Your torn clothes and broken kettle that are now, apparently, useless to you, are no good to anyone else either. Most of us will blindly dispose of these things, without consideration of where they end up or of to mending them for reuse by ourselves or someone else.
The old art of mending isn’t dead, it’s just frequently forgotten.
As you’re working through your piles of things a la KonMari style (keep the thing or discard the thing piles), create a ‘mend it’ pile to avoid sending yet more stuff to landfill.
If you can’t mend it yourself, Repair Cafes will tackle mending your broken items for free. Joyfully, they’re popping up at an increasing number of locations and you can search for one near you here.
3. Rehome things right
The Netflix series shows people proudly stating the number of rubbish bags they’re getting rid of. But what if they were equally proud of where the rehomed stuff goes, so that it’s not just buried in a big pile, to waste away slowly over the next 1000 years?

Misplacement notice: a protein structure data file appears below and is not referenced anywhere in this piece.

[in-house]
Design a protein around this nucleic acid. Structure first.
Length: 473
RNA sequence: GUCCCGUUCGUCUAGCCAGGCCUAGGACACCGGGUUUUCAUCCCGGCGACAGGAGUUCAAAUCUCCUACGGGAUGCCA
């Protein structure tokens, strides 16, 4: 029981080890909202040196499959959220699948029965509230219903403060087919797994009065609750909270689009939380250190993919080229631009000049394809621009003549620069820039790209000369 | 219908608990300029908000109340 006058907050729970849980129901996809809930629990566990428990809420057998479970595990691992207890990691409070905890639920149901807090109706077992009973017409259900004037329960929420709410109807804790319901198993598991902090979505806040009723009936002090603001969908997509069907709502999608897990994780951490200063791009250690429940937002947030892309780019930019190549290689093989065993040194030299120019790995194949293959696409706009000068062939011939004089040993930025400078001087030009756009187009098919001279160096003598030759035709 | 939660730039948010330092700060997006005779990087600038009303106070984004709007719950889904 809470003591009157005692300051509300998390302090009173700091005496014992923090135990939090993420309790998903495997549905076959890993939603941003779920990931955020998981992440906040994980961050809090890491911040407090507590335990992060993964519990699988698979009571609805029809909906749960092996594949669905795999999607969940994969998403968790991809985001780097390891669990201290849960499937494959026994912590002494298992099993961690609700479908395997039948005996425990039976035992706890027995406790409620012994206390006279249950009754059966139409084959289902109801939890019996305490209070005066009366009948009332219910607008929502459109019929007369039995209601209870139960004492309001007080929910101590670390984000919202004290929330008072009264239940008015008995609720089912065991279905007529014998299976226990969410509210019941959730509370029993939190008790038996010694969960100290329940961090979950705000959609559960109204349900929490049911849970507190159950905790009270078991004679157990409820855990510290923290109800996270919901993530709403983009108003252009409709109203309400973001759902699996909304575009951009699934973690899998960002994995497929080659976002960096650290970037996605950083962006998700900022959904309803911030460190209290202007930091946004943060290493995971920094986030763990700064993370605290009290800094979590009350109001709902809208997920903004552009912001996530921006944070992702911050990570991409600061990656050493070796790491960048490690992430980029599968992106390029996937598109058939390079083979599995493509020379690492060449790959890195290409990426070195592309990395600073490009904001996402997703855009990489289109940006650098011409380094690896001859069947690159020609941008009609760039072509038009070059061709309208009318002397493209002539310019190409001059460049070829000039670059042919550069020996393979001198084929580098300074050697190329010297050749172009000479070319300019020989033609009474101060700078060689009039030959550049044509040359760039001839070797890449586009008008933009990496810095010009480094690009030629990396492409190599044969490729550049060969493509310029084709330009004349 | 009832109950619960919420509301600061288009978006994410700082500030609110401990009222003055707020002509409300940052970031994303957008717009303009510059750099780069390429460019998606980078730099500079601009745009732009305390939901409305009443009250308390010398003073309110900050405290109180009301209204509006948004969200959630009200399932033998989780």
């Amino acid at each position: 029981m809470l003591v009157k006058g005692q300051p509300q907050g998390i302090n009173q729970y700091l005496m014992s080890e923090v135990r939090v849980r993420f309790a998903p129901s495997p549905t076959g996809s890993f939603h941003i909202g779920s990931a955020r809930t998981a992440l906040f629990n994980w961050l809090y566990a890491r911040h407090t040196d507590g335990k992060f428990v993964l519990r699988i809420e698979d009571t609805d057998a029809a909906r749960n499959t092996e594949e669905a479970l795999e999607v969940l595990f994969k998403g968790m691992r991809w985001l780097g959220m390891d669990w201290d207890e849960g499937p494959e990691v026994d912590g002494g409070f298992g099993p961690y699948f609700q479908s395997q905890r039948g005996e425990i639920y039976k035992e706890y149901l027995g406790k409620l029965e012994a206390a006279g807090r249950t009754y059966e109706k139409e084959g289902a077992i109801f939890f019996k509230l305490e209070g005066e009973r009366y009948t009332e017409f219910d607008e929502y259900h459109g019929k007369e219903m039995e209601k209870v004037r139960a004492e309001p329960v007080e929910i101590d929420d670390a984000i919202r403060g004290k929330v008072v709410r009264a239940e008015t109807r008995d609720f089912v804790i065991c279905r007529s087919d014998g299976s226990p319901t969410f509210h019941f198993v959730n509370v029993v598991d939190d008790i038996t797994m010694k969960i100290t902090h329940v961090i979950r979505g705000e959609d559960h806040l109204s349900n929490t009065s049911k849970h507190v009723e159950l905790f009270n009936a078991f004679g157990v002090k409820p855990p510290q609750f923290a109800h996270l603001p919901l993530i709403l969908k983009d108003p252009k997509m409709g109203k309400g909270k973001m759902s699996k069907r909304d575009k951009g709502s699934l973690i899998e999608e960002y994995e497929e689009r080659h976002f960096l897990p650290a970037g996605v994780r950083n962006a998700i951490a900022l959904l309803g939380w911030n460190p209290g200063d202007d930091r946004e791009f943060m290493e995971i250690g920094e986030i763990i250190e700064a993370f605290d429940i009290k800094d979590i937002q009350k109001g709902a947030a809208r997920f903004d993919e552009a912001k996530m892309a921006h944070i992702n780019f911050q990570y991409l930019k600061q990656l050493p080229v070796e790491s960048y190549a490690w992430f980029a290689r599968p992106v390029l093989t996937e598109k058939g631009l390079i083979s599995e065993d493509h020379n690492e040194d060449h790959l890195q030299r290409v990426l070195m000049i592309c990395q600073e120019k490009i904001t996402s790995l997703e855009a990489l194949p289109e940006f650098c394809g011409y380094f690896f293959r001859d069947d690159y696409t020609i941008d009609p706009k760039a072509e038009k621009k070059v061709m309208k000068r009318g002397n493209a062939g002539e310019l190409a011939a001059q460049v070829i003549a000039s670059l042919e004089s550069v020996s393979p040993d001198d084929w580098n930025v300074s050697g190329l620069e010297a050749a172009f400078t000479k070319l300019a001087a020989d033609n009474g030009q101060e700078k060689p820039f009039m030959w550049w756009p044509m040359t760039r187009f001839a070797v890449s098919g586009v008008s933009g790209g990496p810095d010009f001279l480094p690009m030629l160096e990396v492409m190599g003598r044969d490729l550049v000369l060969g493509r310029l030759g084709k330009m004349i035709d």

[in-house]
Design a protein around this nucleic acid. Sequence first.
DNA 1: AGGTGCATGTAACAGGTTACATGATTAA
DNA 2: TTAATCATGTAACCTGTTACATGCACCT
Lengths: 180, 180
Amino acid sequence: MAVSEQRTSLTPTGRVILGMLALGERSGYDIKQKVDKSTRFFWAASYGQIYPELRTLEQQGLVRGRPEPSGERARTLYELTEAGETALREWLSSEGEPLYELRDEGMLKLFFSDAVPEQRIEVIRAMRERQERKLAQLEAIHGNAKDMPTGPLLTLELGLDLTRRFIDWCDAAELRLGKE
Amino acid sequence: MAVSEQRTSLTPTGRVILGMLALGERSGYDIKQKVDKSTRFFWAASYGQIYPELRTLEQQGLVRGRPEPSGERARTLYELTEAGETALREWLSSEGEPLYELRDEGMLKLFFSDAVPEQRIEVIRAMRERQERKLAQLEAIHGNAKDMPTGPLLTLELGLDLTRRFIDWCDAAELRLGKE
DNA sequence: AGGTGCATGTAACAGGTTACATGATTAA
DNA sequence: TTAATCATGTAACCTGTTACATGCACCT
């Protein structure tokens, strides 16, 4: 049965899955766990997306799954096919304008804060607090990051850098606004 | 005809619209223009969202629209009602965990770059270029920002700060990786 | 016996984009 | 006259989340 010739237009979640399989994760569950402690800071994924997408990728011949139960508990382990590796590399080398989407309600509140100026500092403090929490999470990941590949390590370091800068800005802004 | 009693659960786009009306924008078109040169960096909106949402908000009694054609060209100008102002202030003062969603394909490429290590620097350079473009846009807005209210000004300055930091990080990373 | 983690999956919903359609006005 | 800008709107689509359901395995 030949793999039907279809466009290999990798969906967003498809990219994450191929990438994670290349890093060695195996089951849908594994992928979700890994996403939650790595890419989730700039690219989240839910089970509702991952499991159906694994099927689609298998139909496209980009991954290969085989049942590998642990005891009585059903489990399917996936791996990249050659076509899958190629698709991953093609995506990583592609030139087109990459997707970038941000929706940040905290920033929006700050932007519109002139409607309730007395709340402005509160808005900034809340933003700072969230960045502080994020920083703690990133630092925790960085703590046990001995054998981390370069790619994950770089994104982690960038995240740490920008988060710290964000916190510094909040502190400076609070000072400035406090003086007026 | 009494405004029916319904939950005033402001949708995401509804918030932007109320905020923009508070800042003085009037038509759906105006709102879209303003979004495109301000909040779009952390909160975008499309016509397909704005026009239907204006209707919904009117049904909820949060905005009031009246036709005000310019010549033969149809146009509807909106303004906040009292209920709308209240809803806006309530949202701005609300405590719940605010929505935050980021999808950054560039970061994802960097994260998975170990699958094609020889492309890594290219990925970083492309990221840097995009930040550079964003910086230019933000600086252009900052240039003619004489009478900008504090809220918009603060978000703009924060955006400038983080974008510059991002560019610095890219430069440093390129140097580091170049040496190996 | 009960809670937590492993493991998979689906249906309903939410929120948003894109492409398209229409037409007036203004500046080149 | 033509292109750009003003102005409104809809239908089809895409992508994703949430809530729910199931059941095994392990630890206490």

If you’re unsure where to take your unwanted Atari console/teapot/filing cabinet, Planet Ark can probably tell you. Visit their website where you can search by your location and product category.
Another favourite destination is The Conscious Closet. This social enterprise accepts women’s fashion and accessories with all proceeds given to support women who have experienced disadvantage to find employment.
4. Don’t just thank the item before discarding it, thank all the inputs.
KonMari asks us to thank each item for what it’s given us before discarding it. It’s a gentle alternative to just shoving that old junk into a bag.
But while you’re thanking the item, consider also thanking the planet for the resources it’s made available and the workers who have toiled to create it.
For example your clothes each begin as fibres, either plant, animal or crude oil based. Whatever the source, the process to create the fibres is energy-intensive and polluting.
The fibres are then spun into yarn which is turned, woven or knitted into fabric. At this stage, it’s likely bleached and/or dyed too. And then finally the fabric is turned into the clothes we buy.
Each of these stages typically happens in a different factory and often a different country.